When a group of Russian immigrants combined their book collections 10 years ago to start a public library, they gave up more than just a few old books. Lovingly shipped and carried here, the books were their most cherished possessions.
Some brought entire private libraries with them; others managed to send only a few volumes.
What began with five boxes of books stacked in a storeroom has grown to more than 20,000 books in Russian, all of them donated by patrons and private book collectors. Two years ago, the library moved to West Hollywood’s Plumber Park, a favorite hangout for Russian seniors.
Getting the books to Los Angeles was no easy task.
“It was quite time-consuming and quite costly,” Helen Levin said. “Sometimes, you had to do it through the railroads and then ship it across the ocean. It was such a complicated thing.”
Not all books could be taken overseas. Military memoirs and complete collections of Russian classics were not allowed. Over several months, Sophia Reznik took 500 books to the Ministry of Culture in Moscow for approval before she mailed them. On each trip to the post office, she rode the bus for 40 minutes, clutching an armful of books to send to her sons in America for safekeeping.
“I went to the post office with five books at a time,” Reznik said. “It was only me, and it was heavy to carry, so I went many times. When we immigrated, we considered our books to be the most valuable things to bring.”
Reznik and her husband arrived in the United States hoping their three sons would treasure the books, carrying on a Russian tradition of literacy.
But in time, Reznik and other Russian immigrants discovered their children were not interested in old books.
“We were sorry we had so many good books and nobody else could use them. It turned out many others thought the same,” said Reznik, 80, who moved to West Hollywood with her husband, Naum, in 1986.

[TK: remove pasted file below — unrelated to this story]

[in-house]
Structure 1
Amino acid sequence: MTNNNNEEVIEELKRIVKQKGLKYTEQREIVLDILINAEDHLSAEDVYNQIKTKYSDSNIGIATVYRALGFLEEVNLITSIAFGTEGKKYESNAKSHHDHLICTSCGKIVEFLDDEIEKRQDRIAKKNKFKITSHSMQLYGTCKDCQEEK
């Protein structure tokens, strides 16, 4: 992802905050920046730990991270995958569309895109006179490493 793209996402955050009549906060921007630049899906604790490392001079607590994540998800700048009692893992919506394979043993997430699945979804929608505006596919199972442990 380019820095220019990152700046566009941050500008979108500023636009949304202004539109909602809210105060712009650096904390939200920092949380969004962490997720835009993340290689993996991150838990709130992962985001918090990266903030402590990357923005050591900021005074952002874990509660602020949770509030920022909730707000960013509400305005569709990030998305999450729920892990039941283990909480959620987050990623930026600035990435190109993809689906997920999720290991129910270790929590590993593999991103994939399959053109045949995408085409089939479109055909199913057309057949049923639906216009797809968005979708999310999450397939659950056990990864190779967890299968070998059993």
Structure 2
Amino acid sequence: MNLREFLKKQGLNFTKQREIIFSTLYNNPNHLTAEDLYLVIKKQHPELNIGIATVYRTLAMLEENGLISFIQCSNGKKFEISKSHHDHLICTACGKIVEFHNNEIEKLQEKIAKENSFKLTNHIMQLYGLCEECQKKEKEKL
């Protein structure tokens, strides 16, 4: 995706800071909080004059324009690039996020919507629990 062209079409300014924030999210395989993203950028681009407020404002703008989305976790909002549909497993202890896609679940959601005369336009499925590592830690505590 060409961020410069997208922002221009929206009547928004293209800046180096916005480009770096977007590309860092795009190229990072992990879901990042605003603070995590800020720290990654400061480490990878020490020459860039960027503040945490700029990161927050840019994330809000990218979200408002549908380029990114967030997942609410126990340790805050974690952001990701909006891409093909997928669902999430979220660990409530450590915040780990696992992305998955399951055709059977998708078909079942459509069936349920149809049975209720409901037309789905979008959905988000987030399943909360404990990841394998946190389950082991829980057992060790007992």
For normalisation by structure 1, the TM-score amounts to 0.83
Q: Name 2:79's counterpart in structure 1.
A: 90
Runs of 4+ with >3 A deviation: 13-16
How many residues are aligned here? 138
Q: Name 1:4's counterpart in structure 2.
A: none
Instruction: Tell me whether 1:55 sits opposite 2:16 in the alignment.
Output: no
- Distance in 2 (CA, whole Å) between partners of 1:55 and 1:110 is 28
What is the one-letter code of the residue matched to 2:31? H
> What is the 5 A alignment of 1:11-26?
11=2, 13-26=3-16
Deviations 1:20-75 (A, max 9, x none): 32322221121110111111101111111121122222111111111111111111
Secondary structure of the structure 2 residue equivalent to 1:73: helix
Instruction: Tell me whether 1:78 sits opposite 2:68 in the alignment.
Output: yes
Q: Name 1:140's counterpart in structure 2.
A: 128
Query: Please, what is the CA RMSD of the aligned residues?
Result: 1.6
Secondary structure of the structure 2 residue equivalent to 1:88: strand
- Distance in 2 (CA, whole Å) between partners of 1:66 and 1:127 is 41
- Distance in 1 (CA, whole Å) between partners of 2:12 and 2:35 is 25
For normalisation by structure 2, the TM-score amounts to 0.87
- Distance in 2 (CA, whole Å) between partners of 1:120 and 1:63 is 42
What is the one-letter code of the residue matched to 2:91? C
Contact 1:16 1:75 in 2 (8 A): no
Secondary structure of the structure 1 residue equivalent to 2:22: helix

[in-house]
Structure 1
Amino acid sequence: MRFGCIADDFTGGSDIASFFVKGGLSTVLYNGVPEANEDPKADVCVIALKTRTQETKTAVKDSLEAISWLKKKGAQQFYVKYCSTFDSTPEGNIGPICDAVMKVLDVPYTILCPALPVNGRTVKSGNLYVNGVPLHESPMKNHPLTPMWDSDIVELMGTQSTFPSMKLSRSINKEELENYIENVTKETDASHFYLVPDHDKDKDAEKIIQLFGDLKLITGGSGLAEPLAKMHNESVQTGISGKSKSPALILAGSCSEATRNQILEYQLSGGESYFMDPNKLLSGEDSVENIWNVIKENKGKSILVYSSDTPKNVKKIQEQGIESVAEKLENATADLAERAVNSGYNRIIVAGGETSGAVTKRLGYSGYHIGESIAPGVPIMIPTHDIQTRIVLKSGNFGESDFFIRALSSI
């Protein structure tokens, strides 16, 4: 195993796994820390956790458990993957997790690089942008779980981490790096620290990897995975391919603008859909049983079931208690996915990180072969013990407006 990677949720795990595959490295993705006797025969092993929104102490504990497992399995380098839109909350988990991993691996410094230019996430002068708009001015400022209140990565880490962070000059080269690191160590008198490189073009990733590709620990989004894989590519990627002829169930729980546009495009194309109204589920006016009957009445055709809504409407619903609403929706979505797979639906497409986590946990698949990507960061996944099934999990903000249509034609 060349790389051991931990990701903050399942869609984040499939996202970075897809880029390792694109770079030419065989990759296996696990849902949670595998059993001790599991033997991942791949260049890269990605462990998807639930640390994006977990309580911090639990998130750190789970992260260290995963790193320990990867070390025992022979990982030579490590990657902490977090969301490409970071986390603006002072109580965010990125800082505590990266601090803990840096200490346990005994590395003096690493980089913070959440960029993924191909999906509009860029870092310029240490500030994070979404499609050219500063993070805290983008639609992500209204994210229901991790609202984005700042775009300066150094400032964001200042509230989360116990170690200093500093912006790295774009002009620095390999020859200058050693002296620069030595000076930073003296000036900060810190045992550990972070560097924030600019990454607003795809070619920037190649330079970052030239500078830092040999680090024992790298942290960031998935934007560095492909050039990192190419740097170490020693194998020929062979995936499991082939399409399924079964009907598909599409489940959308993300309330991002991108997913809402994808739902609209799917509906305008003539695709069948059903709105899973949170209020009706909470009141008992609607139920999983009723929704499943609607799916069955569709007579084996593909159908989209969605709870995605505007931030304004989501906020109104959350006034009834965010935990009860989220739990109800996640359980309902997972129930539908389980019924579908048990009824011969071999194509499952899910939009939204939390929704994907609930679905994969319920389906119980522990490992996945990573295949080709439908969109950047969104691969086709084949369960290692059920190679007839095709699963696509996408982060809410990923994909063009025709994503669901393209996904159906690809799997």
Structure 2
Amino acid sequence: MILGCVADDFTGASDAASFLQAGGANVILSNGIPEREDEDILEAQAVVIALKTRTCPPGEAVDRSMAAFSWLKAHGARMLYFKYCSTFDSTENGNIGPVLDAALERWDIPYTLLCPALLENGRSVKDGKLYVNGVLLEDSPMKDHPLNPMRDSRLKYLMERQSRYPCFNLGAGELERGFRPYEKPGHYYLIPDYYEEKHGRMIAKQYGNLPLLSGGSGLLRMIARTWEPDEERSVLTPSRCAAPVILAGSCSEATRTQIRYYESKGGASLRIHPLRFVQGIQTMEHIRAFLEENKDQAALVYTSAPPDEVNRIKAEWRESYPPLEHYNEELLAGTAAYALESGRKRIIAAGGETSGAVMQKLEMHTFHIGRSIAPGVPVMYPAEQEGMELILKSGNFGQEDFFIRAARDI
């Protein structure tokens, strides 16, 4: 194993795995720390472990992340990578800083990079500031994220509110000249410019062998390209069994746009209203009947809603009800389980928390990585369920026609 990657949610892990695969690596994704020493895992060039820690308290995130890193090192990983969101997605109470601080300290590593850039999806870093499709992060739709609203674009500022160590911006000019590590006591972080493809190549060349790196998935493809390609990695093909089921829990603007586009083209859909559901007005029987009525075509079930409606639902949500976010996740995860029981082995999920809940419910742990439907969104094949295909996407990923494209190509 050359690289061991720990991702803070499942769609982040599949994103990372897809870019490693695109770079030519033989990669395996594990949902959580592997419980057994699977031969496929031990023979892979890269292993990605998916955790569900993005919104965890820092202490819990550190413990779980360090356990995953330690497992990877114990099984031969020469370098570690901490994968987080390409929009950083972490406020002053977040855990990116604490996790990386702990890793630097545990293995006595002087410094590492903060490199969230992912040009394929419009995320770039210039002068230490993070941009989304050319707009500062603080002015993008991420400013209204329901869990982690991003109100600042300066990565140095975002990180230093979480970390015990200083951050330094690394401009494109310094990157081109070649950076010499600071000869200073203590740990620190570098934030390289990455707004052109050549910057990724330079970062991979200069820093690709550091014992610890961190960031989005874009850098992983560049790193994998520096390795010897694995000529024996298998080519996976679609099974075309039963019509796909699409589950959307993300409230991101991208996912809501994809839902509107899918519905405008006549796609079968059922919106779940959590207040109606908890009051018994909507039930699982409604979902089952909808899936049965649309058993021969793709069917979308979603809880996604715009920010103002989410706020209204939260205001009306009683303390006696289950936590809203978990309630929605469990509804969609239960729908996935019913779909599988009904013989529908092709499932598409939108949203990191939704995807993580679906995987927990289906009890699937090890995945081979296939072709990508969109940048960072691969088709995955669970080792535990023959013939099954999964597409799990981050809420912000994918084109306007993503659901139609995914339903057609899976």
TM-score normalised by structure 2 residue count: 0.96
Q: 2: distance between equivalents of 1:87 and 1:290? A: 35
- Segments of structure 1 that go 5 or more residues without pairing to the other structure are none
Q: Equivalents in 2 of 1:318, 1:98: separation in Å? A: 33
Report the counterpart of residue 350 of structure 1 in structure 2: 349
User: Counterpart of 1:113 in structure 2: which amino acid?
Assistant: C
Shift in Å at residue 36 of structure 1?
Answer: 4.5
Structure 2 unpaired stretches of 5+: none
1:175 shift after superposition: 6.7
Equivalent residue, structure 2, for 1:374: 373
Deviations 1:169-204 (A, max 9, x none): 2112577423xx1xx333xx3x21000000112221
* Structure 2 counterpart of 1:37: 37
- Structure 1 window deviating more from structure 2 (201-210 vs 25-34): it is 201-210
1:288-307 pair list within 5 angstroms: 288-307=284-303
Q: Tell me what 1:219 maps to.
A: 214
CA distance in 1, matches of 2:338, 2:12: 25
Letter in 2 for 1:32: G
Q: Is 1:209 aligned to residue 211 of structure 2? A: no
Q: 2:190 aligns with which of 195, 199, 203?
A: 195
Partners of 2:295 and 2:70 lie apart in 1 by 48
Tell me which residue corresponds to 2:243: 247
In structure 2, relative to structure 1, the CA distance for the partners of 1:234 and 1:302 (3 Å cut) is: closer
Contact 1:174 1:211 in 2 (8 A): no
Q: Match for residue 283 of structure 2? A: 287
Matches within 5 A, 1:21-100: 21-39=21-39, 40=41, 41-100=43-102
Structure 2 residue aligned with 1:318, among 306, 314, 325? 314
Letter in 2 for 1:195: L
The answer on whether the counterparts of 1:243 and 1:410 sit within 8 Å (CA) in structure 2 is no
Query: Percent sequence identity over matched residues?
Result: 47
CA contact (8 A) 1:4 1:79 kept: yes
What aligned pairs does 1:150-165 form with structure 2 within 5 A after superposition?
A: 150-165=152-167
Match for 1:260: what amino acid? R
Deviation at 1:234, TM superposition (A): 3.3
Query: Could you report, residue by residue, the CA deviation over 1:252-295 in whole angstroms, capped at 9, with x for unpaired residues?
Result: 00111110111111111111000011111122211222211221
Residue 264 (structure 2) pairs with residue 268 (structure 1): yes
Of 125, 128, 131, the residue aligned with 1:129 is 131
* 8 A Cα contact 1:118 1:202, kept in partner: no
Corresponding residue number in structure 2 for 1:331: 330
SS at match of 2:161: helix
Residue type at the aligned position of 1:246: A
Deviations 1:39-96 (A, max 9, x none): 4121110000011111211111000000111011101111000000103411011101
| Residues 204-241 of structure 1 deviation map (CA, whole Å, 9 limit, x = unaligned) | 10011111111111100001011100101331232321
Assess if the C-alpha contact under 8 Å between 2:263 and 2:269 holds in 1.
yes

They put an ad in a local Russian newspaper, pooled their collections and decided to start a public library in 1993.
Patrons can find a little bit of everything, from Leo Tolstoy to Danielle Steele. University students studying Russian have come to the Russian Language Public Library to browse for titles they can’t find elsewhere, librarians say.
“The Russian immigrants who started coming to this country in the early 1970s were bringing books with them because it was in the Russian culture and nature to read a lot,” said Levin, executive director of the Russian Community Center in West Hollywood.
Naum Reznik, 84, came up with the idea to begin the Russian library in West Hollywood. A professor of mechanical engineering, Naum had founded the Assn. of Engineers and Scientists in West Hollywood, an organization of former professionals who perform volunteer work. Some of the first books donated were science texts.
Naum sat around a metal table with five colleagues in a small storeroom in the Chabad Russian Synagogue, cataloging the first donations. Community members came forward, some with just a few books, others with several hundred. Two private collectors have donated 2,000 books each.
The musty smell of bound volumes lingers in the library’s large room in the park’s Long Hall. There are no computers or electronic security systems, just two long metal bookshelves, a few folding tables and chairs, a manual typewriter and a handwritten card catalog. An old rotary telephone sits on a desk next to small boxes stuffed with the names of 750 families who have registered as library patrons.
Open from 11 a.m. to 1:30 p.m. on weekdays, the library is staffed by 15 volunteers, many of whom worked as librarians before they immigrated to the United States.
Finding a permanent home in West Hollywood remains an ongoing process. Because the city intends to renovate the Plumber Park building, the library will have to move again. City officials say they plan a new space for it. “We have moved to five different places, and each time we did everything by ourselves,” Vera Richkina, head librarian, said in Russian. “We know it will be hard.”
Wherever the library moves, patrons will probably follow.
Boris Ostrovsky, 74, visits the library weekly, riding the bus from his home near Los Feliz. Another library patron, Tatiana Sivokonenko, 76, says reading the books from her homeland “reminds me of my youth when I liked books and was reading a lot. I’m very happy to have this possibility again.”